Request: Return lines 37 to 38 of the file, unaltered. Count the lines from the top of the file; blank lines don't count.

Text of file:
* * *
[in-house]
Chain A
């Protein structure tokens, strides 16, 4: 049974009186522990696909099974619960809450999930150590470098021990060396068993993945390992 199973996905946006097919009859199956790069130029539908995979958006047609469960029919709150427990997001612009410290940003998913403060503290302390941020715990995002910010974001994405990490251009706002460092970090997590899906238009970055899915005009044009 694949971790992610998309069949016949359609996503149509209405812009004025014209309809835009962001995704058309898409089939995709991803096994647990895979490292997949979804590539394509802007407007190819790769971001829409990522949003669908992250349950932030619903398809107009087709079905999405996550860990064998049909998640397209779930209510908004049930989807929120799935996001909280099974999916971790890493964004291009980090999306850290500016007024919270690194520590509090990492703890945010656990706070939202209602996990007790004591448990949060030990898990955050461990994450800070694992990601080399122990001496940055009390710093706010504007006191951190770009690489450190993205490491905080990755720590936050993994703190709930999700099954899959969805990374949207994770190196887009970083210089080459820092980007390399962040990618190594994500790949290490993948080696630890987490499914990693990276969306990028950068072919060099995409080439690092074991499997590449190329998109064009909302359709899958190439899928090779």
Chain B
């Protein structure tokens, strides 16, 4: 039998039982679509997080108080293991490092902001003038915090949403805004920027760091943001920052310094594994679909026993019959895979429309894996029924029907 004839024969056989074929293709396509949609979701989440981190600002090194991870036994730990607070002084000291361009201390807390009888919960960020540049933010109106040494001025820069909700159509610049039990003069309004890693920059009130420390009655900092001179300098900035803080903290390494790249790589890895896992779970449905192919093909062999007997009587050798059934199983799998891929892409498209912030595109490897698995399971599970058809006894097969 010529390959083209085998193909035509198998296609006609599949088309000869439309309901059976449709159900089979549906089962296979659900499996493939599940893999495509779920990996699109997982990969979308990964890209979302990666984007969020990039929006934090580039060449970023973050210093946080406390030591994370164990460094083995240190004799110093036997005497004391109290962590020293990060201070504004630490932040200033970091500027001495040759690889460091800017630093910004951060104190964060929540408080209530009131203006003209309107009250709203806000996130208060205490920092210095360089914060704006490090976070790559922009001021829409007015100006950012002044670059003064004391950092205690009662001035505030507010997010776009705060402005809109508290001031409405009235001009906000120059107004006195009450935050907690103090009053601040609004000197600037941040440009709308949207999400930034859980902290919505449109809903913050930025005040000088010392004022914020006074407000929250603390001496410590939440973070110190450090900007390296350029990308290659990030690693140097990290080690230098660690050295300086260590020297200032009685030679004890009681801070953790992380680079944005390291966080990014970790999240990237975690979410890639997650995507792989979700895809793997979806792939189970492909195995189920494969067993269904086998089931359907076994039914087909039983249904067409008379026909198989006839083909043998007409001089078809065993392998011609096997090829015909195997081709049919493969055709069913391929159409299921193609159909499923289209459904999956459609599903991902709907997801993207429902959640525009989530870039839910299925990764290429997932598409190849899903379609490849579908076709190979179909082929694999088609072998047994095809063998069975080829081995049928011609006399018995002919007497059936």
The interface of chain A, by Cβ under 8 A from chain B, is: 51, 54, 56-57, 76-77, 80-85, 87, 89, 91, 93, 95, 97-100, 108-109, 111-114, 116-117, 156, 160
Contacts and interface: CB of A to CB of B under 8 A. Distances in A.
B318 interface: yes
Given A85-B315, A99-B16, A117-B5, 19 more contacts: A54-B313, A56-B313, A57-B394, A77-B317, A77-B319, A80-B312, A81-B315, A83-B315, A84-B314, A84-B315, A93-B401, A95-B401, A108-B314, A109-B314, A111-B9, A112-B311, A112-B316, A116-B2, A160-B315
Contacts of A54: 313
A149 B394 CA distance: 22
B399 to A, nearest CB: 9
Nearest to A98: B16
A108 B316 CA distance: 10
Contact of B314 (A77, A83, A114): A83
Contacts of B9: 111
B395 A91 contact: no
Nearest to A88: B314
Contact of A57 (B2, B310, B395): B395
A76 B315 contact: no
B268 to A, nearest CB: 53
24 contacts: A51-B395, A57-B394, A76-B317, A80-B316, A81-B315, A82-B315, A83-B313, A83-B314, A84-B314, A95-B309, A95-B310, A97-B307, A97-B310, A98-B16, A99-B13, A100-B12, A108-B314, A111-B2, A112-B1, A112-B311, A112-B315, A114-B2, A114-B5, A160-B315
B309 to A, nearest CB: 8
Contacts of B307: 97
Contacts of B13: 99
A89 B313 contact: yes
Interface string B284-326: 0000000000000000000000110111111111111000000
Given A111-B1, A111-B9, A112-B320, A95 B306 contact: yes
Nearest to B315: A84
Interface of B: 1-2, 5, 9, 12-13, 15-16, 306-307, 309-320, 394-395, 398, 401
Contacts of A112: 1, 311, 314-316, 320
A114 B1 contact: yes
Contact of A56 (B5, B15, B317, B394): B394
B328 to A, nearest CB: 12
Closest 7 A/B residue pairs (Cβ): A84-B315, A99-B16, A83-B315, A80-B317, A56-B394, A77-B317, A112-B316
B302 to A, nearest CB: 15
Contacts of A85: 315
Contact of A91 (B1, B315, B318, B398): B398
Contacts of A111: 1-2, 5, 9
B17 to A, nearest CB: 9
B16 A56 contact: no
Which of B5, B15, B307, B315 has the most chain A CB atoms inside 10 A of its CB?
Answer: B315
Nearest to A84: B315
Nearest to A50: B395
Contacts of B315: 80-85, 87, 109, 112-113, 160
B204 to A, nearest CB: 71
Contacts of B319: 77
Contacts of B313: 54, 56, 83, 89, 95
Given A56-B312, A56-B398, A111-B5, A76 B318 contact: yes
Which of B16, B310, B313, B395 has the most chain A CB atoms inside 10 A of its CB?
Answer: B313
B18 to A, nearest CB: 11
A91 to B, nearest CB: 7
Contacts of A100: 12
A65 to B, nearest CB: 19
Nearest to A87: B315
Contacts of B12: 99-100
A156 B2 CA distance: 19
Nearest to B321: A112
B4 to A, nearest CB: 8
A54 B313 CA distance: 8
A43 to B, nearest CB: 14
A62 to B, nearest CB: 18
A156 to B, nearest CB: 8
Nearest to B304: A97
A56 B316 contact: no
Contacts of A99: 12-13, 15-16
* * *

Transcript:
Contacts of A85: 315
Contact of A91 (B1, B315, B318, B398): B398